Updated 22 May 2015

Iron overload disease

Iron overload disease is a disorder in which the body absorbs too much iron.


Alternative names

haemochromatosis, iron storage disease

What is iron overload disease?

Iron is an essential mineral for normal functioning of the body, but it can also be toxic in excessive quantities. Iron overload disease, or haemochromatosis, is a disorder in which the body is unable to regulate iron absorption, with the result that excess iron accumulates in the body.

Over time, as too much iron builds up in the tissues, it can damage many parts of the body, such as the joints and organs like the liver, pancreas and heart. Left untreated, iron overload can lead to a variety of serious medical problems, including heart disease, diabetes, liver cancer and arthritis.

What causes iron overload disease?

Iron overload disease may be caused by several different genetic or acquired disorders.
Genetic causes
Most cases of iron overload are the result of genetic disorders. Iron overload disease caused by genetic abnormalities is called hereditary haemochromatosis.

Mutations (changes or defects) of one specific gene, HFE, account for about 80 percent of all iron overabsorption disorders. It seems that this abnormal gene carries the "blueprint" for the production of a defective protein that causes the gut to absorb too much iron. The excess iron then enters the bloodstream and eventually gets deposited in different parts of the body.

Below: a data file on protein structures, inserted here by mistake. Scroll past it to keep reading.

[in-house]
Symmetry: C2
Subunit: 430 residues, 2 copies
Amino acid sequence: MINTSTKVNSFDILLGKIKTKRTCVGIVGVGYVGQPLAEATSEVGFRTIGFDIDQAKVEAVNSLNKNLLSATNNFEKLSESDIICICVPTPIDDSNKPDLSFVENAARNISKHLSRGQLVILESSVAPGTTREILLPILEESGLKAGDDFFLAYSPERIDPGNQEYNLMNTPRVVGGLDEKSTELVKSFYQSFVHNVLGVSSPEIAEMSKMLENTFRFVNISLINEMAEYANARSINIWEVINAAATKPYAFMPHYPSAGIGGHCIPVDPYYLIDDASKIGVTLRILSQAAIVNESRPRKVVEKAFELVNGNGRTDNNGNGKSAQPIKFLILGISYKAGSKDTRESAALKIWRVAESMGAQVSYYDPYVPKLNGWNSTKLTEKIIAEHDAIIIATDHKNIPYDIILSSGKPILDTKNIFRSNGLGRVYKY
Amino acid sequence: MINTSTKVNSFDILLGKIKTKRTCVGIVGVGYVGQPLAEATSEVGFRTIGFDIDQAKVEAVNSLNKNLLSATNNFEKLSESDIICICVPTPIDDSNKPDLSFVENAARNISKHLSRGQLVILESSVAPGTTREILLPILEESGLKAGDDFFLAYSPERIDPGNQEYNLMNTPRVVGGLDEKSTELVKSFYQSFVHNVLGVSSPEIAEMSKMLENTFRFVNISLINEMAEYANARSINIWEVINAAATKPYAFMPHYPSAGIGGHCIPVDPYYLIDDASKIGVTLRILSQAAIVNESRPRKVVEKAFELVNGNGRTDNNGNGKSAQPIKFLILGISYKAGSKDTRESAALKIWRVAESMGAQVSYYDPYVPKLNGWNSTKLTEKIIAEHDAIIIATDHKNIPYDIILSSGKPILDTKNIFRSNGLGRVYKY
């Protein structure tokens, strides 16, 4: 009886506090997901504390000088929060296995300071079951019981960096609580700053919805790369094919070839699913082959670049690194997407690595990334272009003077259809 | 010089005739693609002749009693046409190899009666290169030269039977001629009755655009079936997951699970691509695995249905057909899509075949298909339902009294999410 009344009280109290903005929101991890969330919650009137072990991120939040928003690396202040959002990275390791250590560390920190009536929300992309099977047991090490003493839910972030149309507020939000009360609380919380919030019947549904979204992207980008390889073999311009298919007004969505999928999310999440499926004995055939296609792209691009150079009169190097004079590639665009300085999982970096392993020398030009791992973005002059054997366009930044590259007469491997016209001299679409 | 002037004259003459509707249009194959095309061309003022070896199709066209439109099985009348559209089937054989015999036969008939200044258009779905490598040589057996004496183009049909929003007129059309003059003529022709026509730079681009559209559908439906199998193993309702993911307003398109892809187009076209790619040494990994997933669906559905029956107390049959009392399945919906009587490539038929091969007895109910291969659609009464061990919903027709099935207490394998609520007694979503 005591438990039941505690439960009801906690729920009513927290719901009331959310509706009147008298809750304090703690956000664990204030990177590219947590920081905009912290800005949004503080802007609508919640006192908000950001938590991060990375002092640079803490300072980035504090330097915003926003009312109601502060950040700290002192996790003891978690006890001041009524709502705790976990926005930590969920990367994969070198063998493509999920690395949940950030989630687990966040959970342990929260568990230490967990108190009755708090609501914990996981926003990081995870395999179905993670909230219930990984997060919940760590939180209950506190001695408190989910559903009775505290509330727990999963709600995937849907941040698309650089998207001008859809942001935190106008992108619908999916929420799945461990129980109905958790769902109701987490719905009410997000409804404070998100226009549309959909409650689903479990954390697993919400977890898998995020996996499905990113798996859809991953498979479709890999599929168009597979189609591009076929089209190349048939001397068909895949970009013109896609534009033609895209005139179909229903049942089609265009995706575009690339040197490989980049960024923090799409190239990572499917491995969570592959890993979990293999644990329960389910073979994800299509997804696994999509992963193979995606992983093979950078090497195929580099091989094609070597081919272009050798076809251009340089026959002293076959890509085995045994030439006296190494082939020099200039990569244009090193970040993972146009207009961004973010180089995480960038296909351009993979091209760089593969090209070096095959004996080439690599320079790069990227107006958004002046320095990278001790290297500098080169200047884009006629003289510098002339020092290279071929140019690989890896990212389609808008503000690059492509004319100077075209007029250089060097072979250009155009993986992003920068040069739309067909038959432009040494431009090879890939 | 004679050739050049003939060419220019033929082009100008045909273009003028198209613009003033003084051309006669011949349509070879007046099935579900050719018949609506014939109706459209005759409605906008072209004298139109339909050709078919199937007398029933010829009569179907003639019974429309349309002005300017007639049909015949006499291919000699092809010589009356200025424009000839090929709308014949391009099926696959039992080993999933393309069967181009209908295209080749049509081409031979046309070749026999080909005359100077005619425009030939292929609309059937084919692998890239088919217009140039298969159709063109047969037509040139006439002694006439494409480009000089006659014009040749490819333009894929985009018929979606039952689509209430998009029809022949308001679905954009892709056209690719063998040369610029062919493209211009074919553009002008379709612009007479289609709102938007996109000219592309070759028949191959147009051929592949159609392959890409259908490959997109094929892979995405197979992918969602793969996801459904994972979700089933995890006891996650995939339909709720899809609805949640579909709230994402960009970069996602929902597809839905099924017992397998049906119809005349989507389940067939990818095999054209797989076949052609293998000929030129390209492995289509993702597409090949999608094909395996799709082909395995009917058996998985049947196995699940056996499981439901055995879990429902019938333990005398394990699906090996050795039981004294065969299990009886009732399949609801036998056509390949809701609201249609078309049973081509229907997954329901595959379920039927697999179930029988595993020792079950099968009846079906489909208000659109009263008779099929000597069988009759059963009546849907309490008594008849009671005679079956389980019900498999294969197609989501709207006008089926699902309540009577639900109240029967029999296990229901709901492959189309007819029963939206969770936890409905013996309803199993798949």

People inherit two copies of most genes, one from each parent. If you inherit two copies of the defective HFE gene, your risk of developing iron overload disease is very high. If you only inherit one defective copy, you are a "carrier" i.e. you can pass the defective gene on to your children, but you are unlikely to suffer any symptoms yourself. However, some studies have shown that carriers have above average concentrations of iron in their blood, which could increase their risk for iron overload, and might be problematic if they suffer from another liver-damaging disease, such as hepatitis or alcoholism.

Nongenetic causes
Haemochromatosis is only one of several iron loading diseases. A number of other causes of excess body iron have been found, including chronic liver disorders caused by hepatitis, alcoholism and other metabolic disorders; frequent blood transfusions and disorders that cause chronic anaemia. Iron overload can also be caused by excessive dietary iron intake from, for example, supplements and fortified foods.

Who gets iron overload disease and who is at risk?

Public health studies suggest that between one and 10 percent of people have excess iron in their bodies. Iron overload may be as high as 30 percent in some specific groups:
  • Caucasians i.e. people of European descent
  • People with chronic hepatitis
  • People who have received multiple blood transfusions
  • Hispanics
  • African Americans
  • Black races from Africa

The HFE gene defect is one of the most common human genetic disorders known: between one in 8 and one in 10 people are carriers, and about one in 200 individuals have the double defective gene for hemochromatosis. Siblings of people diagnosed with the disorder have a 25 percent chance of developing the condition.